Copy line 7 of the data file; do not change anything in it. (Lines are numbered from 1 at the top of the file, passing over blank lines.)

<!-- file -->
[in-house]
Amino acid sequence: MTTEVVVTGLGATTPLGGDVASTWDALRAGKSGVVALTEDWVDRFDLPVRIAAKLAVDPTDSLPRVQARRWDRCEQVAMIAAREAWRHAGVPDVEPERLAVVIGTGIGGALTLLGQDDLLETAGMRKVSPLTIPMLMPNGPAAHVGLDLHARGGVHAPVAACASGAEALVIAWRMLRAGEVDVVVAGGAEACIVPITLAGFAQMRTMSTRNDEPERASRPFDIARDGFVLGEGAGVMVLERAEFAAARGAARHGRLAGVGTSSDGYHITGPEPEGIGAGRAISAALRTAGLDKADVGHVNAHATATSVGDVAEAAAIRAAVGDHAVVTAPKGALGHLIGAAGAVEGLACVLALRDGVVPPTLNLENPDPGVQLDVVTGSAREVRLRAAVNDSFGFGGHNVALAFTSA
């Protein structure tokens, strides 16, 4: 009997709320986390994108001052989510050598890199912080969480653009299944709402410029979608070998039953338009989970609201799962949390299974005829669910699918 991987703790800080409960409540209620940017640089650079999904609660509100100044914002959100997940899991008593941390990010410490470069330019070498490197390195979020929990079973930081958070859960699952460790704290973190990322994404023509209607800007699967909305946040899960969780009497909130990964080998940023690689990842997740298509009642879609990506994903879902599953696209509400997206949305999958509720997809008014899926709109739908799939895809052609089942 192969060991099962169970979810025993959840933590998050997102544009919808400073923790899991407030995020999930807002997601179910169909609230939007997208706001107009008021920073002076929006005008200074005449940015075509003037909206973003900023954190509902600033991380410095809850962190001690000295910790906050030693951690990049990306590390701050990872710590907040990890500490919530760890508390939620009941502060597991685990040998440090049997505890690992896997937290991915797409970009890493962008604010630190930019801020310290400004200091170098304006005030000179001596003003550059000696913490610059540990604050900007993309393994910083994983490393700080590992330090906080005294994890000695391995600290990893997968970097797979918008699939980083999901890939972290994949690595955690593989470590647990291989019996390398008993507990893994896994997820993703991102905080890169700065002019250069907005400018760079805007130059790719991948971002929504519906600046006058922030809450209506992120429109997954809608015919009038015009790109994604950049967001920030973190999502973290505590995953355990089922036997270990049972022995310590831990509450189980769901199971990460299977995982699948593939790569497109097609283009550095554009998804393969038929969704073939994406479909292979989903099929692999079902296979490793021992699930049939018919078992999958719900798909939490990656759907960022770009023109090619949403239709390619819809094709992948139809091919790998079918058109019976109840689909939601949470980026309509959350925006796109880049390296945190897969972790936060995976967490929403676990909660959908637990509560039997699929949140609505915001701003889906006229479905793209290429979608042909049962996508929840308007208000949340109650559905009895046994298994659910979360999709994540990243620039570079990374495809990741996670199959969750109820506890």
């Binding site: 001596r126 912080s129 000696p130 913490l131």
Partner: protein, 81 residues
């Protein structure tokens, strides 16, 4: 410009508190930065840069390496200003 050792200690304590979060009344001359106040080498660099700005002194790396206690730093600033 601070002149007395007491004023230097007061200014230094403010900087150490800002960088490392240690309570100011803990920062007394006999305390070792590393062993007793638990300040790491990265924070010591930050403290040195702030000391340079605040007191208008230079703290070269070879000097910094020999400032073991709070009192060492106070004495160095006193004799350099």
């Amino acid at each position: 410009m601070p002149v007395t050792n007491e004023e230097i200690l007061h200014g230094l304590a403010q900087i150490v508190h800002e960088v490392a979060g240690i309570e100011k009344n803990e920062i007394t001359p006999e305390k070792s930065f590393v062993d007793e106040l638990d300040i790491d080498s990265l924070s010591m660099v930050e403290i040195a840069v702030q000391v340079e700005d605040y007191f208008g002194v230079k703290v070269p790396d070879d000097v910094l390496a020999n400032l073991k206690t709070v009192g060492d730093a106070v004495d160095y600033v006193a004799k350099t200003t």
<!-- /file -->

């Amino acid at each position: 410009m601070p002149v007395t050792n007491e004023e230097i200690l007061h200014g230094l304590a403010q900087i150490v508190h800002e960088v490392a979060g240690i309570e100011k009344n803990e920062i007394t001359p006999e305390k070792s930065f590393v062993d007793e106040l638990d300040i790491d080498s990265l924070s010591m660099v930050e403290i040195a840069v702030q000391v340079e700005d605040y007191f208008g002194v230079k703290v070269p790396d070879d000097v910094l390496a020999n400032l073991k206690t709070v009192g060492d730093a106070v004495d160095y600033v006193a004799k350099t200003t």